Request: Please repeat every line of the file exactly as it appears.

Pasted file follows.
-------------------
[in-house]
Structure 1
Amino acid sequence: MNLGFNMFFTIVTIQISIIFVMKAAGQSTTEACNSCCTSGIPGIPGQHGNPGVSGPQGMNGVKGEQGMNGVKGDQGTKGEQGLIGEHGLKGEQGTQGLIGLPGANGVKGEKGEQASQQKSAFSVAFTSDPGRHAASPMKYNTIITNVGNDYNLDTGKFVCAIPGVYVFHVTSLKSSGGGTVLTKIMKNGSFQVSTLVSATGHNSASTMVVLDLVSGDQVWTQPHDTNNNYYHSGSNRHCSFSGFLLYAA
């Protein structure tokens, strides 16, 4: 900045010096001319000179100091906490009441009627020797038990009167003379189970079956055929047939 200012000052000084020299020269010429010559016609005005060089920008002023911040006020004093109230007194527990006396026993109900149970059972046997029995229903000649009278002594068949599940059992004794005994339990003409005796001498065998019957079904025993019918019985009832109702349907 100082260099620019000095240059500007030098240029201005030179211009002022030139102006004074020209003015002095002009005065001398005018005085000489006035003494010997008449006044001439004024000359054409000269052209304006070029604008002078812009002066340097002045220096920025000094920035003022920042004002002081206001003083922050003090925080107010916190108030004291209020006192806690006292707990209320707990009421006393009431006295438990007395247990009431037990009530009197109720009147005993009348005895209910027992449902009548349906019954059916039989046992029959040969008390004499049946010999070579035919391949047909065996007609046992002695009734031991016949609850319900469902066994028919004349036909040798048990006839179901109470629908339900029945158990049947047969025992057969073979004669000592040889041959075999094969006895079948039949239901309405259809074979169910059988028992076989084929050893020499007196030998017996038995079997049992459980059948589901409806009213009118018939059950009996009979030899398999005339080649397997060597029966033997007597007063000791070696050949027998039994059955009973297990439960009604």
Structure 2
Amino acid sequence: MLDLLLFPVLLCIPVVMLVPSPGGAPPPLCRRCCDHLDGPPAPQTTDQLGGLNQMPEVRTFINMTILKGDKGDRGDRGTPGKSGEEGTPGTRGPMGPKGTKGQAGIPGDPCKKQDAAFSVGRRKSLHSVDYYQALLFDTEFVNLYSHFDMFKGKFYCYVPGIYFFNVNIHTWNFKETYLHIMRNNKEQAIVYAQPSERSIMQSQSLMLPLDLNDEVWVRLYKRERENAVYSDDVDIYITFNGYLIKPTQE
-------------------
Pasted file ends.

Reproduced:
[in-house]
Structure 1
Amino acid sequence: MNLGFNMFFTIVTIQISIIFVMKAAGQSTTEACNSCCTSGIPGIPGQHGNPGVSGPQGMNGVKGEQGMNGVKGDQGTKGEQGLIGEHGLKGEQGTQGLIGLPGANGVKGEKGEQASQQKSAFSVAFTSDPGRHAASPMKYNTIITNVGNDYNLDTGKFVCAIPGVYVFHVTSLKSSGGGTVLTKIMKNGSFQVSTLVSATGHNSASTMVVLDLVSGDQVWTQPHDTNNNYYHSGSNRHCSFSGFLLYAA
């Protein structure tokens, strides 16, 4: 900045010096001319000179100091906490009441009627020797038990009167003379189970079956055929047939 200012000052000084020299020269010429010559016609005005060089920008002023911040006020004093109230007194527990006396026993109900149970059972046997029995229903000649009278002594068949599940059992004794005994339990003409005796001498065998019957079904025993019918019985009832109702349907 100082260099620019000095240059500007030098240029201005030179211009002022030139102006004074020209003015002095002009005065001398005018005085000489006035003494010997008449006044001439004024000359054409000269052209304006070029604008002078812009002066340097002045220096920025000094920035003022920042004002002081206001003083922050003090925080107010916190108030004291209020006192806690006292707990209320707990009421006393009431006295438990007395247990009431037990009530009197109720009147005993009348005895209910027992449902009548349906019954059916039989046992029959040969008390004499049946010999070579035919391949047909065996007609046992002695009734031991016949609850319900469902066994028919004349036909040798048990006839179901109470629908339900029945158990049947047969025992057969073979004669000592040889041959075999094969006895079948039949239901309405259809074979169910059988028992076989084929050893020499007196030998017996038995079997049992459980059948589901409806009213009118018939059950009996009979030899398999005339080649397997060597029966033997007597007063000791070696050949027998039994059955009973297990439960009604």
Structure 2
Amino acid sequence: MLDLLLFPVLLCIPVVMLVPSPGGAPPPLCRRCCDHLDGPPAPQTTDQLGGLNQMPEVRTFINMTILKGDKGDRGDRGTPGKSGEEGTPGTRGPMGPKGTKGQAGIPGDPCKKQDAAFSVGRRKSLHSVDYYQALLFDTEFVNLYSHFDMFKGKFYCYVPGIYFFNVNIHTWNFKETYLHIMRNNKEQAIVYAQPSERSIMQSQSLMLPLDLNDEVWVRLYKRERENAVYSDDVDIYITFNGYLIKPTQE